I started off with an opening commentary on social distancing and the six foot “rule”; but decided it was sufficiently important to have its own article, and you’ve probably now already seen it.
So let’s move directly on to today’s numbers.
Here are the rankings for the eight states of any size with the highest infection rates. There was no change in rankings today.
- San Marino/658 cases/the equivalent of 19,397 cases per million people
- Vatican City/12 cases/14,981 cases per million (unchanged)
- Andorra/762/9,864 (unchanged)
- Mayotte/1,475/5,423 (unchanged)
- Iceland/1,803/5,287 (unchanged)
Here are the top six major countries, showing death rates per million of population in the country. :
- Belgium/9,186 deaths/793 deaths per million
- Spain/27,940 deaths/598 deaths per million
- Italy/32,486 deaths/537
- United Kingdom/36,042/531
To put those numbers into context, the death rates per million in the US/Canada are 291/163. The world average (not a very reliable number) is 42.9.
For major countries and/or outbreaks, and in general :
|US Cases/Deaths/Case rate per million
|UK Cases/Deaths/Case rate per million
|Canada Cases/Deaths/Case rate per million
|Worst affected major country/case rate
|Second worst country affected
Today saw the US move up a rank, and now has the world’s second highest large country case rate. Belgium moved down one. UK contains to gain on Italy and may overtake it early in the coming week.
I Am Not a Doctor, But….
As the US increasingly relaxes its social distancing and lockdown requirements, we’ve not yet seen any clear or substantial upticks in the number of new infections. One of the main reasons for this good news – in my opinion – is because at the same time we’ve been relaxing these restrictions, people have been increasingly adopting the use of masks when out in public.
Masks are a huge factor in protecting us and limiting the spread of the virus, and it is astonishing to read on pretty much a daily basis about how vehemently some people object to wearing them.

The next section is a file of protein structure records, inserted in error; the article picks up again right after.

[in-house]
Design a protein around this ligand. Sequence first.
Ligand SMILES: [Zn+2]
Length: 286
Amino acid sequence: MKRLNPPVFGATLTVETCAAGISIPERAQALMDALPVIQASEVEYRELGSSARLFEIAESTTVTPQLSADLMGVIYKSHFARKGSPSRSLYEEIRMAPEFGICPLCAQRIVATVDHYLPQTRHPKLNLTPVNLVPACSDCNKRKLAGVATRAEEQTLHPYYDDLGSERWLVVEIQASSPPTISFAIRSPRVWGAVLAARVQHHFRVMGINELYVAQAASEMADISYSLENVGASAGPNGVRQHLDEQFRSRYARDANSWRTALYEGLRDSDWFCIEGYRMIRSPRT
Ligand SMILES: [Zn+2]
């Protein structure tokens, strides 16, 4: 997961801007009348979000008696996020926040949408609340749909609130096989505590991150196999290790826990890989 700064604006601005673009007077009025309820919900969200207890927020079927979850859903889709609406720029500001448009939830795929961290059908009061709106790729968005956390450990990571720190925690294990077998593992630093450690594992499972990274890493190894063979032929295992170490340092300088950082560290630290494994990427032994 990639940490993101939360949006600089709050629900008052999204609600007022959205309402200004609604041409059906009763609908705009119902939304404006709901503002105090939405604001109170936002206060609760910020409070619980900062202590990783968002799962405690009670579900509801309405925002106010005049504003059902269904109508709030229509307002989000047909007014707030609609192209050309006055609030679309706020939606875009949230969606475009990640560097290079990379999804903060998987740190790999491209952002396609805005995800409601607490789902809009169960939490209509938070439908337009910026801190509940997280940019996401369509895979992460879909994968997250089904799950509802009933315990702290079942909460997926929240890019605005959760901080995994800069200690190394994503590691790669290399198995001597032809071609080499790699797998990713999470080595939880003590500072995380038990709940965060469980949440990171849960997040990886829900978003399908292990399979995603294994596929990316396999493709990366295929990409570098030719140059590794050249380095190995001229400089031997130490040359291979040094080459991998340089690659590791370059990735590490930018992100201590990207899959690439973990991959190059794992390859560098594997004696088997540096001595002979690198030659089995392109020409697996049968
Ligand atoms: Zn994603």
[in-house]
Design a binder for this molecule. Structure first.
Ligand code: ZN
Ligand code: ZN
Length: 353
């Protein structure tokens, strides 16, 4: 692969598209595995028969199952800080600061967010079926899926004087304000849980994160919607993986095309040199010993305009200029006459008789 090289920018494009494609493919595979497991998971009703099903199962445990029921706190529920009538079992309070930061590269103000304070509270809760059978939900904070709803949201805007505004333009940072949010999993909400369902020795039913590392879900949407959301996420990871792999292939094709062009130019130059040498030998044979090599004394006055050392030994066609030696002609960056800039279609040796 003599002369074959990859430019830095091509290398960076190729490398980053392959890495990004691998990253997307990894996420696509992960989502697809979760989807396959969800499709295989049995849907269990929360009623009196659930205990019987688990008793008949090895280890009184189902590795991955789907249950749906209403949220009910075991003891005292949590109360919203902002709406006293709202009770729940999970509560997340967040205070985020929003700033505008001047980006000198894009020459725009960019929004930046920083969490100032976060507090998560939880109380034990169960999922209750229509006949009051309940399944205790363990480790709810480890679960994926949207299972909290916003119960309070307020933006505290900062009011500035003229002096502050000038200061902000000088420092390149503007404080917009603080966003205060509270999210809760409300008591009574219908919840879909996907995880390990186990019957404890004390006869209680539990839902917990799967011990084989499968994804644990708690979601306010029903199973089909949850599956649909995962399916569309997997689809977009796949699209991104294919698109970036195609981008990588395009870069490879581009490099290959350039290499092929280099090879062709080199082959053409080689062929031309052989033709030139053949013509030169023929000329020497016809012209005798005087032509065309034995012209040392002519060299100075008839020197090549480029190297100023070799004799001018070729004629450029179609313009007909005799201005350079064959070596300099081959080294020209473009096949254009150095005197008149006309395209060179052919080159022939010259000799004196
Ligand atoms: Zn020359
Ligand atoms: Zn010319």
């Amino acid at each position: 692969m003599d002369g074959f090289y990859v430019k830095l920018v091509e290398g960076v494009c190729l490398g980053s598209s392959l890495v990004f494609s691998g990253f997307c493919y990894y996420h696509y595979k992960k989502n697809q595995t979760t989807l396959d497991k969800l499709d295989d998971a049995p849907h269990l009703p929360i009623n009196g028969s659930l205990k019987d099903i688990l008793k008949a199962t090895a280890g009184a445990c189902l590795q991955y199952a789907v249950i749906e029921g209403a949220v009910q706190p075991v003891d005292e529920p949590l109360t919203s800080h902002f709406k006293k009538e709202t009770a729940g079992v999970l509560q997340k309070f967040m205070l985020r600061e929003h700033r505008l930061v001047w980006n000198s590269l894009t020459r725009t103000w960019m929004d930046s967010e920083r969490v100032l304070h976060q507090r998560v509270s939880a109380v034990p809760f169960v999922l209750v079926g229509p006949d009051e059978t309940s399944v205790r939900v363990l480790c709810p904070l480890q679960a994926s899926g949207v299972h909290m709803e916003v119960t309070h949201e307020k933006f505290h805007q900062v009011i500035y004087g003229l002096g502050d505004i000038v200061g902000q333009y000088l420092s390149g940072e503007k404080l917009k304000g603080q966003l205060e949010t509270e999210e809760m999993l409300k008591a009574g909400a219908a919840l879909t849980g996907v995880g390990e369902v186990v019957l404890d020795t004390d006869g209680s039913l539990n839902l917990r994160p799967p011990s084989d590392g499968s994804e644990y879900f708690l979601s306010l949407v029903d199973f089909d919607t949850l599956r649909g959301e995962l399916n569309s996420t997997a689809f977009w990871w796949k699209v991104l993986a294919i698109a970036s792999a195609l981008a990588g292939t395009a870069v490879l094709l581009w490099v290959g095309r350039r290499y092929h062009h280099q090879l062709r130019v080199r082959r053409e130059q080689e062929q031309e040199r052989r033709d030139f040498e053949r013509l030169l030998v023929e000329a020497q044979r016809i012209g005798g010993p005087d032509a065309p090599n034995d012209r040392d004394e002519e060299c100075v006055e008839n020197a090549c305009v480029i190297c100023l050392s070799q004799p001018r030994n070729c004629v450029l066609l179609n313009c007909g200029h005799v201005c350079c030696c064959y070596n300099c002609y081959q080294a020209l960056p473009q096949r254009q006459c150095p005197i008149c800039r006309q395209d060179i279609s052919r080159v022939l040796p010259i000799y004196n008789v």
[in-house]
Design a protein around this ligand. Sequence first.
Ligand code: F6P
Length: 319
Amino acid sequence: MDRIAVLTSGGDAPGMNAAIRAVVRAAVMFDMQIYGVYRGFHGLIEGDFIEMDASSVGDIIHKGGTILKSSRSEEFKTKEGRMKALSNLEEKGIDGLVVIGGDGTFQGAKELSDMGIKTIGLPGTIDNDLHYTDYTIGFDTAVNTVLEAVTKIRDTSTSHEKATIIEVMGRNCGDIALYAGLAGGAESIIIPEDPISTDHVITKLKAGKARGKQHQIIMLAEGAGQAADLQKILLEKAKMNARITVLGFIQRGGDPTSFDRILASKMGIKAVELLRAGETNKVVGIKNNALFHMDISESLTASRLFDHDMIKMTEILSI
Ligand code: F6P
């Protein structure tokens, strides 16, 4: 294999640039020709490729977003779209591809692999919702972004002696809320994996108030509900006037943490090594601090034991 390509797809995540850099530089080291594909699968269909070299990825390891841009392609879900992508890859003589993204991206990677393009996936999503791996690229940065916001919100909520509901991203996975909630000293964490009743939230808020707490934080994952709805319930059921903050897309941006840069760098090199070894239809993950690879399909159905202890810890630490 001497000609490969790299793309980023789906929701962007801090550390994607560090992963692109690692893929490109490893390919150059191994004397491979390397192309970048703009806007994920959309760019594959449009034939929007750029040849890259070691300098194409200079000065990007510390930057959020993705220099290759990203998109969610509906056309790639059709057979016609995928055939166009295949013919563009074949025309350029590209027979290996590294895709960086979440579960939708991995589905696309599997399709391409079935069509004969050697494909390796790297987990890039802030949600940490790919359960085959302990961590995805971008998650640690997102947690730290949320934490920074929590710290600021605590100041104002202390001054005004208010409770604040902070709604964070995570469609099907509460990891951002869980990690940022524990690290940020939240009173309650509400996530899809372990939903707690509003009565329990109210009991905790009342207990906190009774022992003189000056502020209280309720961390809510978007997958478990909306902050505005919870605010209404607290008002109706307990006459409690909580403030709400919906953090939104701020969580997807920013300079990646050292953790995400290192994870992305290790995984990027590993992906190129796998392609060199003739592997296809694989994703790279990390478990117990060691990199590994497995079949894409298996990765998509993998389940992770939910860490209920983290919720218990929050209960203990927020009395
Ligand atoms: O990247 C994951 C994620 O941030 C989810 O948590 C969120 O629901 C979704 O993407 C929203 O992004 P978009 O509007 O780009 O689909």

This graphic, showing mask use by state (from the IHME site), is a very interesting snapshot of our evolving approach to masks. We’d like to see more and deeper green on the graphic the next time it is published.
Timings And Numbers
It is very hard to know if we’re winning or, ahem, not winning, the battle against the virus. The problem with simply counting new cases is that as we increase our testing rates, we uncover and record more and more cases that otherwise might have been overlooked and never counted.
So sometimes what seems to be an increase in cases, and something to be alarmed about, is actually more likely merely an increase in discovered cases.
That helps to reconcile this set of mini-charts, showing most states to have steadily decreasing underlying new case rates, and this graphic that seems to show a number of states with increasing case rates.
The ultimate measure of case rates is perhaps death rates, although, as often commented on, most recently when looking at Russia’s low death rate yesterday, even death rate numbers are ambiguous and difficult to count exactly.
The other problem with death rates is they lag changes in transmission rates by about three weeks, and with deaths being very strongly skewed to people who are either elderly or who already have certain pre-existing conditions, they can sometimes rise higher or lower than average just because of where deaths are occurring rather than because of an overall increase/decrease in infections.
Amazingly, we still really don’t know how many people have had the disease, or what the average risk of death is. Here is a fascinating article that looks at this issue, and uses a generally accepted death rate to “prove” that everyone in New York City must have been infected. That is clearly not the case, so equally clearly, our estimated fatality rate is too low – the disease is deadlier than we thought.
This in turn means that there are not as many “silent/undetected” cases as we thought, and that is disappointing. The more people who have been infected, the closer we get to a possible “herd immunity” scenario, assuming that having had the disease actually does then confer some sort of subsequent immunity.
Developing herd immunity is part of the justification for Sweden’s controversial “no lockdown” approach to the virus. Yes, we’ve been noticing how Sweden’s death rate has been climbing and is now distinctively higher than in Norway for example, two countries that share much in terms of environment, urban/rural split, weather, and lifestyles. Sweden’s death rate is currently 384 per million, while Norway is 9 times lower, at 43 per million.